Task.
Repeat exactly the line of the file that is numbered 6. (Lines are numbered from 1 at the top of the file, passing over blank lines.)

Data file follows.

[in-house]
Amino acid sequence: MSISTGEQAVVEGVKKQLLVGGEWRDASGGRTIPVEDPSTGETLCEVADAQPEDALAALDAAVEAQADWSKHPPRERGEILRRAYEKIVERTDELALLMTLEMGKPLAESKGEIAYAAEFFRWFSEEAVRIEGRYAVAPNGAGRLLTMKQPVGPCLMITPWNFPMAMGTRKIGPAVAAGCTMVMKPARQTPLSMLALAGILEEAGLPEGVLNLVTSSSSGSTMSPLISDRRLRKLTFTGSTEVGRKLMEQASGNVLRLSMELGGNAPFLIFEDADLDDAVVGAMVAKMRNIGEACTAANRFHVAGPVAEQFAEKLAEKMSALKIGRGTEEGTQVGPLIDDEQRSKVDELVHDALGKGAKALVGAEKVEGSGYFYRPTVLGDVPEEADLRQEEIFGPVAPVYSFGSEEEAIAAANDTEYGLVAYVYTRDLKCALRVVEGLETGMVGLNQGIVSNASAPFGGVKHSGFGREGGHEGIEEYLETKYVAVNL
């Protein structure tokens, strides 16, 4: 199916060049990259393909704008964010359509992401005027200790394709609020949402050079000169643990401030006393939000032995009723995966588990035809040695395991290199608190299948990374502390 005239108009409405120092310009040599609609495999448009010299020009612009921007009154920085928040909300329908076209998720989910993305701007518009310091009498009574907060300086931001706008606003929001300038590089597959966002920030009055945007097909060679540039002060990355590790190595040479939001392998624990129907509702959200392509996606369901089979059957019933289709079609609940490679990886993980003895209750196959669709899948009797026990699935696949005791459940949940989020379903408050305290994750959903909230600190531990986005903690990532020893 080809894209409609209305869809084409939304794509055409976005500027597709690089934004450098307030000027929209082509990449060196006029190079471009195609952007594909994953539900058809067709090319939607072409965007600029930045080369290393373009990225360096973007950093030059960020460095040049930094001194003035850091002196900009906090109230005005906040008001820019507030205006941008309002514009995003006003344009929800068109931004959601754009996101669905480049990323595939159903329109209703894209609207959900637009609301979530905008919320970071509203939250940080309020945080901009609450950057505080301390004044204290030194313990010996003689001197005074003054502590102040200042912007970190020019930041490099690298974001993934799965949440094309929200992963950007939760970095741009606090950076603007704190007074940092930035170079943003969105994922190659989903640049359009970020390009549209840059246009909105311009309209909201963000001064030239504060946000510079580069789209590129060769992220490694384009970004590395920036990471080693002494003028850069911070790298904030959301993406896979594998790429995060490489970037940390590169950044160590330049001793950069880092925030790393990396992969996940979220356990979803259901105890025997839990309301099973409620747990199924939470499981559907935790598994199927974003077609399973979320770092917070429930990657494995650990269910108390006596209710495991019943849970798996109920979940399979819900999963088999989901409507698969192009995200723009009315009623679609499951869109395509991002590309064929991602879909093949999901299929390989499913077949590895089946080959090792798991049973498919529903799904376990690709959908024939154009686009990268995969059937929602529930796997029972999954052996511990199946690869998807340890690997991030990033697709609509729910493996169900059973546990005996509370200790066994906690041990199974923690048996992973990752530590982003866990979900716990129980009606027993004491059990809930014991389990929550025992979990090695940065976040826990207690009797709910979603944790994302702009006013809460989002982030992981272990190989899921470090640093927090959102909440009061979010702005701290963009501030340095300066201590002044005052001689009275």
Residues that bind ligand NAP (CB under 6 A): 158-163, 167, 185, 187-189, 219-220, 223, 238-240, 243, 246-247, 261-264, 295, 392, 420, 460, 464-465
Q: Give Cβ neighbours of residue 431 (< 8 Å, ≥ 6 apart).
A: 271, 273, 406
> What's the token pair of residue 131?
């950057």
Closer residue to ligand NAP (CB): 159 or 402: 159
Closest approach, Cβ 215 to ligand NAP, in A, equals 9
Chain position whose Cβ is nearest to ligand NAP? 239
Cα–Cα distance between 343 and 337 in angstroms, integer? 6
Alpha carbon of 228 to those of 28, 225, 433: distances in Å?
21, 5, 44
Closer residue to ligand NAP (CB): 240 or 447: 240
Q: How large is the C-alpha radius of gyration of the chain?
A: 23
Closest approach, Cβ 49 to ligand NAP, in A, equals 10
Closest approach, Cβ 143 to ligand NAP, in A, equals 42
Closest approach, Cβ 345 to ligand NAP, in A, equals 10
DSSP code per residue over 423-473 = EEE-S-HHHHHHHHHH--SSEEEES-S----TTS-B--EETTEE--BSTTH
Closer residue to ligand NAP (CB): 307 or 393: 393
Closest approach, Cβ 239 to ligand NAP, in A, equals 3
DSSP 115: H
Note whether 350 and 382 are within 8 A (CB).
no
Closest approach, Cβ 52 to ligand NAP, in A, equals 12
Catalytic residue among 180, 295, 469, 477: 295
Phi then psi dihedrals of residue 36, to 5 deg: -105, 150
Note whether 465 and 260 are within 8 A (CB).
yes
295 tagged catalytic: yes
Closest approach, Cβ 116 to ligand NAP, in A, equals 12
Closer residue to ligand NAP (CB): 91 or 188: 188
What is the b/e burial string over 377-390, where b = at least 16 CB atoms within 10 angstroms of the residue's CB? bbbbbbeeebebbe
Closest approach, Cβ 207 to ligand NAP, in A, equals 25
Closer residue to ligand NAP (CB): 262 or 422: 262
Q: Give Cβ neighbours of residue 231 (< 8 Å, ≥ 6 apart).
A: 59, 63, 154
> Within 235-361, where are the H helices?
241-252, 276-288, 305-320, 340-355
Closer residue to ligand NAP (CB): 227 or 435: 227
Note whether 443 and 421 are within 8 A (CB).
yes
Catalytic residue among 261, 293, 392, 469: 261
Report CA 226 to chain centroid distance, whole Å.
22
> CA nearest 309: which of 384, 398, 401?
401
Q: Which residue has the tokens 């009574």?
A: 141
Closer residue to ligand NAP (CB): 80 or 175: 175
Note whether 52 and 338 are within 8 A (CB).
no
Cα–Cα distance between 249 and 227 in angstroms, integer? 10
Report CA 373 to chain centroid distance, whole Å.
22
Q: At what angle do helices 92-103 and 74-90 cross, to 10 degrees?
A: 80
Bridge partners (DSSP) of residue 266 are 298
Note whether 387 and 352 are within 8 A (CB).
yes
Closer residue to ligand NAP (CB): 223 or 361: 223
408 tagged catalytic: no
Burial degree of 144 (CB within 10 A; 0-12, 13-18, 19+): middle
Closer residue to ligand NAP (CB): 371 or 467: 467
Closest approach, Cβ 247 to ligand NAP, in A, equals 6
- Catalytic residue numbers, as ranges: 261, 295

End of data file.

A: 271, 273, 406